Women’s History Month: DC woman leaves White House job to grow flower business

In a training for government employees, a facilitator asked the group to write down on a Post-it note: “What about your job makes you wake up every day?”

At the time, Cameron Hardesty was the Deputy Communications Director for the White House Office of National Drug Control Policy under the Obama administration.

“The word that I kept coming back to was ‘beauty,'” she said. “And I realized that I probably needed to make a change, because working in Drug Policy and Communications wasn’t that.”



While her work in the White House was important, Hardesty said, for her, the job wasn’t rosy.

What started out as volunteering in the basement White House flower shop bloomed into a career-change. Hardesty uprooted her career in politics working as the deputy communications director during the Obama administration to start her own floral business, Poppy Flowers.

Growing from the ground up

Cameron Hardesty left her career in politics to start her own e-commerce flower business. (Courtesy Cameron Hardesty)

From a young age, Hardesty recalls being drawn to “beauty.”

Differing from other art forms, flowers, “felt like this very accessible form of beauty that is easy to access as a consumer,” she said.

Bonus points, she could learn about it quickly without formal training.

After seeing the West Wing’s Christmas decorations, Hardesty emailed Laura Dowling, the Chief Floral Designer at the White House, about volunteering in the White House flower shop.

The relationship blossomed into a teacher-student dynamic. Dowling gave Hardesty insight into floral design and introduced her to industry professionals.

In April 2015, Hardesty left politics to work for Urban Stems which she said is “kind of like the millennial version of 1-800-Flowers.”

Eventually, she opened her own business in the summer of 2019 — Poppy Flowers. This year, Poppy Flowers will service around 1,600 weddings around the country.

But Hardesty didn’t completely shut out politics when she left her job.

Hardesty and her husband visited Ukraine in 2018 and have friends who were displaced by Russia’s invasion. Proceeds from their Ukraine-kit fundraise for Ukraine. It’s made up of the country’s national flower, sunflowers, and adorned with other blue and yellow flowers.

In March, $5,562 was donated to Save the Children’s Ukraine Crisis Relief Fund. Next, the kit will fundraise for World Central Kitchen’s efforts in and around Ukraine.

Business-model

When planning her own wedding, Hardesty found ways to save money on flowers, and she applied those lessons to her business-model.

On average, Hardesty said couples spend around $5,000 on flowers for their wedding in most major markets, including D.C. couples who book through Poppy, typically spend around half that much.

Costs are kept down by buying flowers directly from farmers and by using updated sales tech, Hardesty said. Otherwise, people on a budget of $2,500 or less have limited options, such as DIY.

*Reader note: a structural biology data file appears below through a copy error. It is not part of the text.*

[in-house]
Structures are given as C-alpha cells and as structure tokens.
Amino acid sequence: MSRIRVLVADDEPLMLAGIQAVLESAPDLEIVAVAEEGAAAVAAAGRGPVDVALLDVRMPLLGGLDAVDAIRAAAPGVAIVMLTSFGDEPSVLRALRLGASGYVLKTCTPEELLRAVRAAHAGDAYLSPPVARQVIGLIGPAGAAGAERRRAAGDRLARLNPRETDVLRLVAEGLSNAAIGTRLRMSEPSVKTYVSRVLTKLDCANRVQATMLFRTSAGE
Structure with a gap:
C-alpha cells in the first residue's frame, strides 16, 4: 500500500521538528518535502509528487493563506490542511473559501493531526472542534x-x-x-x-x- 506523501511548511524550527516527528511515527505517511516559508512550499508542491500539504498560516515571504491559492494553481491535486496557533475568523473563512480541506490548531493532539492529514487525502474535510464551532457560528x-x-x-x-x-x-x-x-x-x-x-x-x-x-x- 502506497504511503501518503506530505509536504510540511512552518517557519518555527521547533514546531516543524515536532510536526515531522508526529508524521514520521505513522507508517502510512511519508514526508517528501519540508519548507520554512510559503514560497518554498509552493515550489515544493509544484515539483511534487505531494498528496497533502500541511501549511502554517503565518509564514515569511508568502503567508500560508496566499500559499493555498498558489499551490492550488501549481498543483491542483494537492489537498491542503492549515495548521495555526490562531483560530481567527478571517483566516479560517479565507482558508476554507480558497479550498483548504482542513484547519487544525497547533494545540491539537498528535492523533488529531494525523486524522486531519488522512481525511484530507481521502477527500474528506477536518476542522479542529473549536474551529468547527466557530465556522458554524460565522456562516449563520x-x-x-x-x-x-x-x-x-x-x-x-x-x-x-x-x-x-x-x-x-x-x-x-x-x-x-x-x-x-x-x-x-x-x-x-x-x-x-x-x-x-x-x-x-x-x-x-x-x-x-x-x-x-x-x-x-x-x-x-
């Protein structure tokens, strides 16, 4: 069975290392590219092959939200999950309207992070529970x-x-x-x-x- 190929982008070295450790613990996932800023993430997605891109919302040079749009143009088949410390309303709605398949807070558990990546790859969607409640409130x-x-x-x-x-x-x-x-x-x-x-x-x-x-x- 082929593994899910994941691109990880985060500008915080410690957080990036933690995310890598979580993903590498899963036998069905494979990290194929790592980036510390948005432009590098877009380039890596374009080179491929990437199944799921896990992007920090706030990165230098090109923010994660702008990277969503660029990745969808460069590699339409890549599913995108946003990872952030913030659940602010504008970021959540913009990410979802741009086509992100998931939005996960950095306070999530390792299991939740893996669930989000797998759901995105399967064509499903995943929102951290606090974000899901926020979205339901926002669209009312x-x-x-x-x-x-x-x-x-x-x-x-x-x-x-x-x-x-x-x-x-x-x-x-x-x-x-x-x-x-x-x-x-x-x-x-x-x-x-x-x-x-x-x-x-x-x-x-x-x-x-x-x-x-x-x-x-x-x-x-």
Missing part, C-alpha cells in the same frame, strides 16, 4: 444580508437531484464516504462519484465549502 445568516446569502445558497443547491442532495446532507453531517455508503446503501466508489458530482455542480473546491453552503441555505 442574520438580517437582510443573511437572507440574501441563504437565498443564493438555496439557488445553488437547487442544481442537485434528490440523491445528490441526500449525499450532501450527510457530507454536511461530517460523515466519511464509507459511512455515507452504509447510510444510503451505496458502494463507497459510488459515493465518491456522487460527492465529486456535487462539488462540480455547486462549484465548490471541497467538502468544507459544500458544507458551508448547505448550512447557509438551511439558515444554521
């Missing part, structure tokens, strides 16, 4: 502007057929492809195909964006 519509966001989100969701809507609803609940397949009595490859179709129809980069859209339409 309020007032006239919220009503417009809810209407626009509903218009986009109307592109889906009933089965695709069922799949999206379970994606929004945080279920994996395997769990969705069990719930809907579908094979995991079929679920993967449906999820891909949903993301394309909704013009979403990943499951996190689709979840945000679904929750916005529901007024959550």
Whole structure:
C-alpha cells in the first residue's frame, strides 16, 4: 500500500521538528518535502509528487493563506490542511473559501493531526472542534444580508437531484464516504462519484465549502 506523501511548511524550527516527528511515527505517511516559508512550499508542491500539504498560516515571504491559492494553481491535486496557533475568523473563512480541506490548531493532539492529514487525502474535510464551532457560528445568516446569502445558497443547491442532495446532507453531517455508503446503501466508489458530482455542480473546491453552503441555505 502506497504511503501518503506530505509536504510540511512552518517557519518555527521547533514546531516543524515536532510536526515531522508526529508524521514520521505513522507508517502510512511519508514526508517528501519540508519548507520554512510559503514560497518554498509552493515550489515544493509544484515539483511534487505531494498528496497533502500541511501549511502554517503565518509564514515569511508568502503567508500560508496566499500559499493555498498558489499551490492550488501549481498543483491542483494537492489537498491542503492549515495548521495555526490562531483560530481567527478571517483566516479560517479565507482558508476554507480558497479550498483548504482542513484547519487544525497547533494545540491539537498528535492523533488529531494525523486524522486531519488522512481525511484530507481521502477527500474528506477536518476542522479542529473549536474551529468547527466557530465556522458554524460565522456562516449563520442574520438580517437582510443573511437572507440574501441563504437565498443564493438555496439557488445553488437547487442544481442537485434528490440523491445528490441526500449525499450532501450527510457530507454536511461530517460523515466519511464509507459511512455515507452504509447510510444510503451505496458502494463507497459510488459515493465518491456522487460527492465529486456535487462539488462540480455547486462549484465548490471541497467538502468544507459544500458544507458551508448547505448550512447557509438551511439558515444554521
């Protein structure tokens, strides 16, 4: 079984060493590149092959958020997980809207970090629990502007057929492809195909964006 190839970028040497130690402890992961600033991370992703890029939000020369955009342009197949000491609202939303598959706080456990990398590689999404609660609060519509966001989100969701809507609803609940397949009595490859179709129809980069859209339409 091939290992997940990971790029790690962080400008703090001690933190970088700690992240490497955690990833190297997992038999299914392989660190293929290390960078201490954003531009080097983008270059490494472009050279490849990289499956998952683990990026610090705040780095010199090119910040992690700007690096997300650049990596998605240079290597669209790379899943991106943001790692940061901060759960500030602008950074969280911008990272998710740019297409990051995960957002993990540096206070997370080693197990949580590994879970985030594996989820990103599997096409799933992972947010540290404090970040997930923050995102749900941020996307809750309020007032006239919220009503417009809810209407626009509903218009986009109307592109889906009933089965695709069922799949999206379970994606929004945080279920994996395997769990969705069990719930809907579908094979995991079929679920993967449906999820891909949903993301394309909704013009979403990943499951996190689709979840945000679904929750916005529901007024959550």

“We’re able to give them a more customized and I would say personalized experience than they would get anywhere else,” Hardesty said. “It’s really cool to see their reactions.”

Woman-owned, woman-led

“From the jump, it was really important to me that Poppy empowered women throughout the floral supply chain,” Hardesty said.

Poppy Flowers has 20 full-time workers and employs around 350 floral designers around the country; 95% of those designers are women.

Of the agriculture workforce, she said around 90% of the workers are women.

The flowers largely come from Latin America; Hardesty said those farms have a majority-woman workforce who are the primary-wage earners in their homes.

“Most people who buy flowers in the U.S. just don’t know that their purchase is empowering women in Latin American countries and making their lives better,” Hardesty said.

Hardesty said she works with farms that provide on-site child care, health care, dental and free laundry machines.

The pandemic pushed many women out of the workforce, but Hardesty said her business model provides consistent employment for designers who work from home or who may move frequently — such as military spouses.

“Poppy enables that type of lifestyle where you can kind of pick up and move, and we still send you jobs, we still provide you training,” she said. “It’s kind of like a workforce in the cloud.”

Poppy raised $4 million of institutional capital for the business. But less than 2% of venture capital goes to woman founders, according to PitchBook research. Hardesty thinks the gap was worsened by COVID-19.

“A lot of women founders solve problems for women,” Hardesty said. “And it’s hard for an all male investment committee to understand the need when they haven’t experienced the problem for themselves.”

Hardesty said that despite the number of women in the industry, most industry executives are men.

“It is powered by women at every level,” Hardesty said. “So it’s especially important to me to highlight the hard work that women are doing at every level of the supply chain, and create more and more opportunities for women to advance their careers within the industry.”

Jessica Kronzer

Jessica Kronzer graduated from James Madison University in May 2021 after studying media and politics. She enjoys covering politics, advocacy and compelling human-interest stories.

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